‘Nobody believed me’: Former Lorain soldier shares harrowing story of sexual assault for 1st time
LORAIN, Ohio (WOIO) - Former U.S. Army Officer Rashan Legard said after he was sexually assaulted by one of his superiors, he came very close to taking his own life.
“It was the journey after all that once I told to my leadership this happened that’s when they broke me down to a path to where I wanted to commit suicide,” Legard explained. “I went to PTSD, I had depression.”
The Lorain native shared his story for the first time in a three-part series with19 News investigator Kelly Kennedy.
“You wouldn’t think it would be able to happen to a man,” Legard said. “It would be more to a woman, and I feel me being the African American and 6′3, why’s he making this up? He is making it a bigger deal than it’s supposed to be, no! It needs to be said because this happens all the time to soldiers at every branch.”
34-year-old Rashan Legard spent years keeping the trauma and pain of his sexual assault bottled up inside him, but those days are over.
“When I decided to join the military, join the army, and serve our country, protect our nation, protect our weak I never thought I would be leaving this way, leaving weak myself,” he said. “I never thought I would have nightmares. I never thought I would be on sleep medication, PTSD medication.”
Legard grew up in Lorain. Shortly after graduating from college, he decided he wanted to join the Army.
“I wanted discipline, I wanted to be part of a family,” he explained.
In 2012 at 23-years-old, he did just that. A few months later he found himself stationed at the Schofield Barracks in Hawaii.
“We was taught to trust our first line leader, for everything,” Legard said. “So, when we are hungry, when we are thirsty, when we run out of ammo, when we want to go to school, anything you want to do, we are groomed to trust our first line leader for everything just like you want to go to my supervisor because that’s how the chain of command works in any organization.”
In September 2013, everything changed. Legard said he and his platoon were headed to a training exercise at the gun range that day.
“I remember walking up to the Humvee, the vehicle, and my first line was walking past me and we had our weapons in the low and ready,” Legard recalled. “As he walked past me, I say, hey so and so, kind of like giving him acknowledgment again, because he is my first line. He decided to sexually inappropriately touch me, assault me and that moment felt like, the seconds felt like days, like what just happened and it wasn’t in a sportsmanship way, the parts that was grabbed and it was held on to and I lost part of my manhood, part of me, that I can never get back and then when I come to he looked at me and smiled, and winked and kept walking as if nothing happened.”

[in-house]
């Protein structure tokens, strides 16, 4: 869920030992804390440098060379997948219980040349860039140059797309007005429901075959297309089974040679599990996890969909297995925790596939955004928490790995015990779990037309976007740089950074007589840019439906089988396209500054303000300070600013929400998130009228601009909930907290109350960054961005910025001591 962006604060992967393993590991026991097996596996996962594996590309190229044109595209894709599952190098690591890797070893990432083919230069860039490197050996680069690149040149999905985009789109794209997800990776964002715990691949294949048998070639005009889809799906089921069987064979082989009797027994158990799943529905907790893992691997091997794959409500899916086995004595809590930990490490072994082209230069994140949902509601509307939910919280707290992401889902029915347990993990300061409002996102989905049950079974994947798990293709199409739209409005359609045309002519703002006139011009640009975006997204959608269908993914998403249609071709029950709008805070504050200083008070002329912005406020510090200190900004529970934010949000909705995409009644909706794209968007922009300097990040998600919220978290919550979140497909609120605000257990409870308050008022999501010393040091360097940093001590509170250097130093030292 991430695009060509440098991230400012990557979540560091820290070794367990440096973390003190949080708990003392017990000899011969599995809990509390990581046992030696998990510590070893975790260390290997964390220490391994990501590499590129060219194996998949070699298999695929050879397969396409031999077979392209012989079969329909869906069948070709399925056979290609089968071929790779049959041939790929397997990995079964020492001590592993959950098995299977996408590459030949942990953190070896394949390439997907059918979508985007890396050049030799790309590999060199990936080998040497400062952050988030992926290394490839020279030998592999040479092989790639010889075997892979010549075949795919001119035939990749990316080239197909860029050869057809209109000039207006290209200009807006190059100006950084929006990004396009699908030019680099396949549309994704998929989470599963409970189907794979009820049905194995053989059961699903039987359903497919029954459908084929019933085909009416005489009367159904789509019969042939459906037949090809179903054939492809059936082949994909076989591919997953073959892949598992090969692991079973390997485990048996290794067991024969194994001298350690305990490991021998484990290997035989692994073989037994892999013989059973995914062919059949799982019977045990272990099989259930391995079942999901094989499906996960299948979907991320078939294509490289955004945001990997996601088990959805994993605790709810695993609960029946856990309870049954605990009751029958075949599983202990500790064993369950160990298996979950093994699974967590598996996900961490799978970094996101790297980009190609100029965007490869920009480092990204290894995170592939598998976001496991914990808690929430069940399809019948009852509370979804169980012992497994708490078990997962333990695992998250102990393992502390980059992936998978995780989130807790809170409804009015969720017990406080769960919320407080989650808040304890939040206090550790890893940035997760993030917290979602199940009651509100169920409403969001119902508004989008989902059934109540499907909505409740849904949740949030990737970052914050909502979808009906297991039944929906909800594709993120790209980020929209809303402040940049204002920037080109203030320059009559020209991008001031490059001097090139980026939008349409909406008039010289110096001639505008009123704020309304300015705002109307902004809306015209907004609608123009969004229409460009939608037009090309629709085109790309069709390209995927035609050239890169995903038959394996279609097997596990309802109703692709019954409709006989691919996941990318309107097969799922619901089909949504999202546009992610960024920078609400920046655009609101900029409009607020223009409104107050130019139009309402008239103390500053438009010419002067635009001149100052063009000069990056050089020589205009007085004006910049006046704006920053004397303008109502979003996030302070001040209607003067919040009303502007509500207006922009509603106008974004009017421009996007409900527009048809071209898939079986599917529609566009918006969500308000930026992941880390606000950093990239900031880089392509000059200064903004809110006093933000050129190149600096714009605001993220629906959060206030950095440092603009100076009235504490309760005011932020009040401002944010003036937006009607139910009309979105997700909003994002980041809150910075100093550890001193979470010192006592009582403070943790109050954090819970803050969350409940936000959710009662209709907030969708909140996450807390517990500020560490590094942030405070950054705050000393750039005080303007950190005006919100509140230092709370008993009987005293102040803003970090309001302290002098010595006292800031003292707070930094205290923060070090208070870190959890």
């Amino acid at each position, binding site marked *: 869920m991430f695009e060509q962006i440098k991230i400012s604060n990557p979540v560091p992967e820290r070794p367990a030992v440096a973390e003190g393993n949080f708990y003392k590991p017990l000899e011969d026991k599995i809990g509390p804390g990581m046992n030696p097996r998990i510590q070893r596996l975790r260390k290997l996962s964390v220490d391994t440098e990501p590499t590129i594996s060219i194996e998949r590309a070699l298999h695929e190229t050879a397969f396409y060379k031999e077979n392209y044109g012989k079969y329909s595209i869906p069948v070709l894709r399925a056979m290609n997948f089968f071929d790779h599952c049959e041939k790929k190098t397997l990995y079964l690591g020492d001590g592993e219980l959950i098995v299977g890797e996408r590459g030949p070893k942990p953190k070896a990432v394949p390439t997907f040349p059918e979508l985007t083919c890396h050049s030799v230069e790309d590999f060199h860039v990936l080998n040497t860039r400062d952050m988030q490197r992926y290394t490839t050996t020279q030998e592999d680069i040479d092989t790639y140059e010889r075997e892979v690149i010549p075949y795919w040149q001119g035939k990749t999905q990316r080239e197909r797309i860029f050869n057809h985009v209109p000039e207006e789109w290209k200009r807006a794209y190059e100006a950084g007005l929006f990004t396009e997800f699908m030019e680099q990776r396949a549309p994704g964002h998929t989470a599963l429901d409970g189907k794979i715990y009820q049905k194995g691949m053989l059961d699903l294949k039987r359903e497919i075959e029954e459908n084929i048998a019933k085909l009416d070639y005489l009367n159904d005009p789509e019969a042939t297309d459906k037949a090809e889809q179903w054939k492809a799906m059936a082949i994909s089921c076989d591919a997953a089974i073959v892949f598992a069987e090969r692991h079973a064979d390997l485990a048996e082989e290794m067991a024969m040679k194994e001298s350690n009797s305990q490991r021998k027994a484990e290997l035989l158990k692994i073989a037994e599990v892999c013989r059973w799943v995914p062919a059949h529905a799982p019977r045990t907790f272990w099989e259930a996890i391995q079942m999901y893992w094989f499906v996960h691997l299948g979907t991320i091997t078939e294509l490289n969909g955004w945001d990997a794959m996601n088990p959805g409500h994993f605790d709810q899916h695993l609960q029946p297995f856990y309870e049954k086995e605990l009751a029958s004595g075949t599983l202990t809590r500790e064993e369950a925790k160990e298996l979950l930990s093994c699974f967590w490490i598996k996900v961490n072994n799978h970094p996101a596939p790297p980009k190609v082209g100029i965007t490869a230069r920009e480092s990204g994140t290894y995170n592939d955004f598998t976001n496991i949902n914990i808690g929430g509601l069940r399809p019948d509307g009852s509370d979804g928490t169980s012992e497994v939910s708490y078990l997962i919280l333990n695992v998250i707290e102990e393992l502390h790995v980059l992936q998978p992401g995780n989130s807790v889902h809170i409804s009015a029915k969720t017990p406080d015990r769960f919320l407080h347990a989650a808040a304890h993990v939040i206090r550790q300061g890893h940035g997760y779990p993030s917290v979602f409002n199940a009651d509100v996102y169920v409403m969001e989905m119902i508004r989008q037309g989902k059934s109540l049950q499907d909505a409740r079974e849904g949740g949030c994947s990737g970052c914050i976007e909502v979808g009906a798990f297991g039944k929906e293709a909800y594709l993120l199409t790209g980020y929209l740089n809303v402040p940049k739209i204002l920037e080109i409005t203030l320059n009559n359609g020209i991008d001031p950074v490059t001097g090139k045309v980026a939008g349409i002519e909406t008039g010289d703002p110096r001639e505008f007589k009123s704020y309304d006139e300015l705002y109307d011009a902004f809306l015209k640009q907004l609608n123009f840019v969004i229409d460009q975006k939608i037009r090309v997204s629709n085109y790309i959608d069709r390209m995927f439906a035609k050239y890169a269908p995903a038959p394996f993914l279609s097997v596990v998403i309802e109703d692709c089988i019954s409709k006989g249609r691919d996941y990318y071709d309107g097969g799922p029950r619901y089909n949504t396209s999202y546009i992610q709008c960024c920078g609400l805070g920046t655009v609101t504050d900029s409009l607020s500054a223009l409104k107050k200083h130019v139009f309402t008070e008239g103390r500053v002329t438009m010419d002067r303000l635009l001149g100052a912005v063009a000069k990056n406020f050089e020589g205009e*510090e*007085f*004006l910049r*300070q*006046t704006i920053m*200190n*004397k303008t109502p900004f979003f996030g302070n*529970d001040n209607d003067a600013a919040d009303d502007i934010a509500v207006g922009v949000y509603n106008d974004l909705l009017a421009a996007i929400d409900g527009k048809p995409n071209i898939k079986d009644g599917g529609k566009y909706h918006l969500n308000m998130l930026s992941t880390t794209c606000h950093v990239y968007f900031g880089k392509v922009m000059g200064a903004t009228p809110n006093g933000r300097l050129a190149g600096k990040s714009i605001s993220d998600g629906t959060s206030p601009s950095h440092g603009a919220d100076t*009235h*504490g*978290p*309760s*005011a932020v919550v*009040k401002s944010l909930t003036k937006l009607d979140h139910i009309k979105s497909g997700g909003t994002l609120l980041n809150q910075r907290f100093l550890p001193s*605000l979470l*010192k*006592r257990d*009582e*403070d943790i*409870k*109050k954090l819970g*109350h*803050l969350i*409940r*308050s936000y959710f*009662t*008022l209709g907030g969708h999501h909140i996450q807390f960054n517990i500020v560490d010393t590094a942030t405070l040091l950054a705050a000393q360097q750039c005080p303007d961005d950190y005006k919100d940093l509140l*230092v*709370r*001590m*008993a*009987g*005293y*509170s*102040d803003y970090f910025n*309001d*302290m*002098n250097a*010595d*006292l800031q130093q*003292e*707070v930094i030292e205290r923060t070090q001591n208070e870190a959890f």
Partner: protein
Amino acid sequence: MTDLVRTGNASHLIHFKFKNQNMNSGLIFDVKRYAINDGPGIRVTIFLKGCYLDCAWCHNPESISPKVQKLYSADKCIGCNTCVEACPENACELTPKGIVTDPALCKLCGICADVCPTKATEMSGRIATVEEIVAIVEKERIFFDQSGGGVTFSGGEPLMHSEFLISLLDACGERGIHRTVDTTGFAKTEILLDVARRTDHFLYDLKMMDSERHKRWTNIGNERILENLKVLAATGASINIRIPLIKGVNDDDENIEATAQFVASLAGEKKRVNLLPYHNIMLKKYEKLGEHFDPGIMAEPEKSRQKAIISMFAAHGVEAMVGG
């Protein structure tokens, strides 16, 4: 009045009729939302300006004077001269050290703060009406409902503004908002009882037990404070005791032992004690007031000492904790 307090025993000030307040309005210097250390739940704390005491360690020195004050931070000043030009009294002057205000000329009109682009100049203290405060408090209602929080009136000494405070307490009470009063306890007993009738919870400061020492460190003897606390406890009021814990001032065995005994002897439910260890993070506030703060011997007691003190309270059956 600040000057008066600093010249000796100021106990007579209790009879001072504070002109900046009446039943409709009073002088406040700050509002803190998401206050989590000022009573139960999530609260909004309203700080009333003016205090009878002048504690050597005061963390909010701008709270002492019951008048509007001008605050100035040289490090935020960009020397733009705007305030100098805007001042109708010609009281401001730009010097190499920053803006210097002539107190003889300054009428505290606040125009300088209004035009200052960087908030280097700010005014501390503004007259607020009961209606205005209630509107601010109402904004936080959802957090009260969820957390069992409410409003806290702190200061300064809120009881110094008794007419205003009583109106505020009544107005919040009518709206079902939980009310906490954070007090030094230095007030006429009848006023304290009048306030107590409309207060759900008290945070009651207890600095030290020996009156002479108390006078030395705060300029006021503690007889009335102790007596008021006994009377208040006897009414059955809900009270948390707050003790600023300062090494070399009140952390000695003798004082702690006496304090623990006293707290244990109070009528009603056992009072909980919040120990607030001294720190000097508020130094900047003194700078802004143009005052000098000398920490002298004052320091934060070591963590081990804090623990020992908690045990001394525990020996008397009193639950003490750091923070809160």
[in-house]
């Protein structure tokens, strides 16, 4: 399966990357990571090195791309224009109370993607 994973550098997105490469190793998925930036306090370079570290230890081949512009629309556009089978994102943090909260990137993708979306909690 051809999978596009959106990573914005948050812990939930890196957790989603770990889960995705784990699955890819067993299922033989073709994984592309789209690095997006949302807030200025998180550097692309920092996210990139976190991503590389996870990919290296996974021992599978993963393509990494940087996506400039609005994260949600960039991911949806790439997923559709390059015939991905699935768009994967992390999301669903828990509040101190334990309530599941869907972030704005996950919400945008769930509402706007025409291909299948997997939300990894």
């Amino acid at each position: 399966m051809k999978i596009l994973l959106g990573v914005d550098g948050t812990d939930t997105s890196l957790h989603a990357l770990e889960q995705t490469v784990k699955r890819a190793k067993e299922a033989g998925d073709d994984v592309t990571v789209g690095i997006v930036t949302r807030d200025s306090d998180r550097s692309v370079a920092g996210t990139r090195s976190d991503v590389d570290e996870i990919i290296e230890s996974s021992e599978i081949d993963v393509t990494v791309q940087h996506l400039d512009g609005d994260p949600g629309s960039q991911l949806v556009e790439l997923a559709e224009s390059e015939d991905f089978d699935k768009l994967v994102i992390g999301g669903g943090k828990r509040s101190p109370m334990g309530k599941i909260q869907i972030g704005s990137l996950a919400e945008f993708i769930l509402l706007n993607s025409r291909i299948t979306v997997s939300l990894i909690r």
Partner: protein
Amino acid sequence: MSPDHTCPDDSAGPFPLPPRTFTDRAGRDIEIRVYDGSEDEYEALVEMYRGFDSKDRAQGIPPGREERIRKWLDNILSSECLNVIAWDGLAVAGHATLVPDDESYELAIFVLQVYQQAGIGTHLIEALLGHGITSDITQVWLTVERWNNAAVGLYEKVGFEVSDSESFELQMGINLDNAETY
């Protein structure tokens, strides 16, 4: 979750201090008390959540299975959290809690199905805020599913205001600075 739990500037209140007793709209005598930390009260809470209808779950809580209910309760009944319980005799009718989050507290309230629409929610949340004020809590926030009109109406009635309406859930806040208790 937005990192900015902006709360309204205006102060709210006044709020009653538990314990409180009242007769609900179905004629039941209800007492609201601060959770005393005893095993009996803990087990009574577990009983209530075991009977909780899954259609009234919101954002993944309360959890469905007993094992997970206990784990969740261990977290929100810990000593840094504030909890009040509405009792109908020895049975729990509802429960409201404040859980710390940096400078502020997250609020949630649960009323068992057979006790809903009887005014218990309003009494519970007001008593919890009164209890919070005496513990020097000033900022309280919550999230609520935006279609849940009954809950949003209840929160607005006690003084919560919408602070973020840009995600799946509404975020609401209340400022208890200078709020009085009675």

Legard said he immediately reported what happened to his platoon sergeant.
“All that was said was, ‘We’ll look into it,’ and I said, ‘Okay’ because I trusted my organization at that time to do that,” Legard said.
Legard claims his leadership swept what happened to him under the rug and for nearly a year he was desperate and even considered suicide.
Legard said the same non-commissioned officer had assaulted him and called him racial slurs shortly before the alleged sexual assault.
“This was the same NCO that called me a monkey, that called me a boy,” he said. “This was the same NCO that took his belt off and hit me with it and told me with my battle buddy by the side of me that no one’s gonna believe you, because you’re only a private.”
Legard said his superior used his position of power to taunt him and months passed and nothing happened.
“I remember that day like it was yesterday,” Legard said. “He took his belt off and he pulls, he said, ‘Come here, boy!’
‘Hey, what, what are you doing? I don’t play like that.’
And he just looked at me smiling, like, ‘Who’s gonna believe you, who you gonna tell?’”
After that, things only got worse for Legard.
“It seemed my career was always given a black eye and even after the fact at my next unit I had another NCO say that I heard you was lying and you got another NCO in trouble, I should punch you in your effing mouth right now for lying on my battle buddy,” he said.
From there Legard’s mental health went downhill fast.
“I just remember, nights I didn’t want to wake up,” he admitted. “I didn’t want to go formation. I didn’t want to be seen, the uniform I didn’t want it to touch my body. It felt disgusting.”
11 months after the alleged sexual assault, Legard finally found an army leader who pointed him in the right direction: to the Sexual Harassment Assault Response & Prevention, or SHARP, Program, something that he believes probably saved his life.
“When she found out about it, she immediately took me down to mental health the next day and gave me more army resources, mental health, and that actually helped me and it gave me a social worker, they put me in programs that allow me to feel like hey, there’s you don’t have to do that,” Legard said. “There are people out there that care because I didn’t know that I can go to, I didn’t know that I could go to behavioral health. That was frowned upon in my unit I was in. The unit I was in that was frowned upon and as I grew in the military, I’m seeing that there is other organizations that empower their soldiers to go. They care about the SHARP program, but why didn’t mine?”
The army officially opened an investigation in August 2014, but things still didn’t get any better for Legard. He said he faced retaliation from lots of other soldiers.
“You are soft, you a punk, you told and that’s why the Sergeant major dogged you in front of the whole unit because you will snitch,” Legard said to describe what others said to him. “A lot of people don’t know how much reprisal I’ve dealt with that’s what my journey started. It didn’t start from the groping, it started after when people found out this soldier told, and he used the army resources to navigate and when the army resources got involved, they actually helped to start discipline to the best that they can which they are getting better, and they helped me. I was facing reprisal every day and it feels like it’ll never go away.”